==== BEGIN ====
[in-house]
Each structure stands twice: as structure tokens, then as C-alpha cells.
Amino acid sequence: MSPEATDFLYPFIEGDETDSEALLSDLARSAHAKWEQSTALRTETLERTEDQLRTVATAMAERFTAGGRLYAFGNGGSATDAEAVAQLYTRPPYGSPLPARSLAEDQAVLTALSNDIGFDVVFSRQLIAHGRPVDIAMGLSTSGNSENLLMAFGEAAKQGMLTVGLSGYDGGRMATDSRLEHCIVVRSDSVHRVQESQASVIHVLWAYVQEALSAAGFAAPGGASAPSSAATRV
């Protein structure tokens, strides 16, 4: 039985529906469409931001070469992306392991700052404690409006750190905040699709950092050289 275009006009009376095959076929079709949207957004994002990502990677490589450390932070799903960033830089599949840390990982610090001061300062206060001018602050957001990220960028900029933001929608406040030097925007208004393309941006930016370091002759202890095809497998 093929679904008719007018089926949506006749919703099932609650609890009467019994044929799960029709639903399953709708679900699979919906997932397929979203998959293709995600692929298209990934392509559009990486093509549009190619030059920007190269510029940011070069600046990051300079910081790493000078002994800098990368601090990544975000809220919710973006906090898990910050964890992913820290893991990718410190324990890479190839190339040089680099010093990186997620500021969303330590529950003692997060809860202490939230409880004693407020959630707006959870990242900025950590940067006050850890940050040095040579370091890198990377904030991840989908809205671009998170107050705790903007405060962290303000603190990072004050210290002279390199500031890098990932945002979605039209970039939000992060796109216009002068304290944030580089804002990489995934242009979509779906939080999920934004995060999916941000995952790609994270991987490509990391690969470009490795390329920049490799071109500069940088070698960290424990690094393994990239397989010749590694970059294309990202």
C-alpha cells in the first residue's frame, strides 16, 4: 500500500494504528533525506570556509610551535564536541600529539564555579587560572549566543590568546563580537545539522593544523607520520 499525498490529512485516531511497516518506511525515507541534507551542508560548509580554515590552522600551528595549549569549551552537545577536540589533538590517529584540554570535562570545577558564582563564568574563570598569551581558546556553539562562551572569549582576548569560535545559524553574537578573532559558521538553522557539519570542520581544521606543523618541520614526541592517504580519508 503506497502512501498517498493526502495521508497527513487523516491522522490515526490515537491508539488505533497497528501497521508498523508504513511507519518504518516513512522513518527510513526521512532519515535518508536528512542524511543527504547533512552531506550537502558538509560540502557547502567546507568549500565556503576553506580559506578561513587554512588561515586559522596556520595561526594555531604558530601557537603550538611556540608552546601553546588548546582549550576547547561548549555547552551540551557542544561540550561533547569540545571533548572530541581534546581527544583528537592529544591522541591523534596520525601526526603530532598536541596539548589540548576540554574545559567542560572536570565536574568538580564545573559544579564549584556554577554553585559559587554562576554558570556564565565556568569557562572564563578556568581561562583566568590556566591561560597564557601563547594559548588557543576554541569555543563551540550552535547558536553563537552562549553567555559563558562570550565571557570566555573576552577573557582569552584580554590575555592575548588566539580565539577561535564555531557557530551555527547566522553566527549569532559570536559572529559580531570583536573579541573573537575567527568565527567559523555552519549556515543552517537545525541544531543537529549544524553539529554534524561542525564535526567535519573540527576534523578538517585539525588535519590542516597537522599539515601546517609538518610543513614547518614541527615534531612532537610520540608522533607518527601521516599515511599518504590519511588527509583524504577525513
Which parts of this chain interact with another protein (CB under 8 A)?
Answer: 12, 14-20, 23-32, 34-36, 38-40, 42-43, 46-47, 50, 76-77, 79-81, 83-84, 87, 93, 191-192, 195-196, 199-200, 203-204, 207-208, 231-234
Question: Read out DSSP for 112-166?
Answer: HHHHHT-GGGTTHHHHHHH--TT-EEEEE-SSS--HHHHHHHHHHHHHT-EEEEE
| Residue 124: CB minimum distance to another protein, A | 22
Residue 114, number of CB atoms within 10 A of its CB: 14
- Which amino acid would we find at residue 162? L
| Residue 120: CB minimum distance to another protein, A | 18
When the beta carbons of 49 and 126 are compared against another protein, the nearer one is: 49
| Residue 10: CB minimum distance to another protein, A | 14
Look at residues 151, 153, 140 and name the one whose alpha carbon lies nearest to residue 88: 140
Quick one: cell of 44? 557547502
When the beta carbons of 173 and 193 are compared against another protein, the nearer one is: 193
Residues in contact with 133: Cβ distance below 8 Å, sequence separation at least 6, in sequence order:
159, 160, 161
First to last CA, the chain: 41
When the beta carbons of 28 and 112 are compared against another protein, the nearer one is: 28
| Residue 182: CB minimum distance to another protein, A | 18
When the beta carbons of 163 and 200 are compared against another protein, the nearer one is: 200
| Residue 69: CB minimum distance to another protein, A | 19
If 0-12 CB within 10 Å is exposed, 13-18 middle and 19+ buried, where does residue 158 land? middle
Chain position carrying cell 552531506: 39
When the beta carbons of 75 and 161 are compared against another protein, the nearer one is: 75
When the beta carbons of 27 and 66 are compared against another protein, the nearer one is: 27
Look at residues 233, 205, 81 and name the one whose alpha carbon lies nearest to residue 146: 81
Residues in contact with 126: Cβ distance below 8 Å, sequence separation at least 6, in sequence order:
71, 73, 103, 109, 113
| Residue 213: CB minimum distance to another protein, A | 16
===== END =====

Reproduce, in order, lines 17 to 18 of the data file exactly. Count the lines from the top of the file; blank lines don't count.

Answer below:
Quick one: cell of 44? 557547502
When the beta carbons of 173 and 193 are compared against another protein, the nearer one is: 193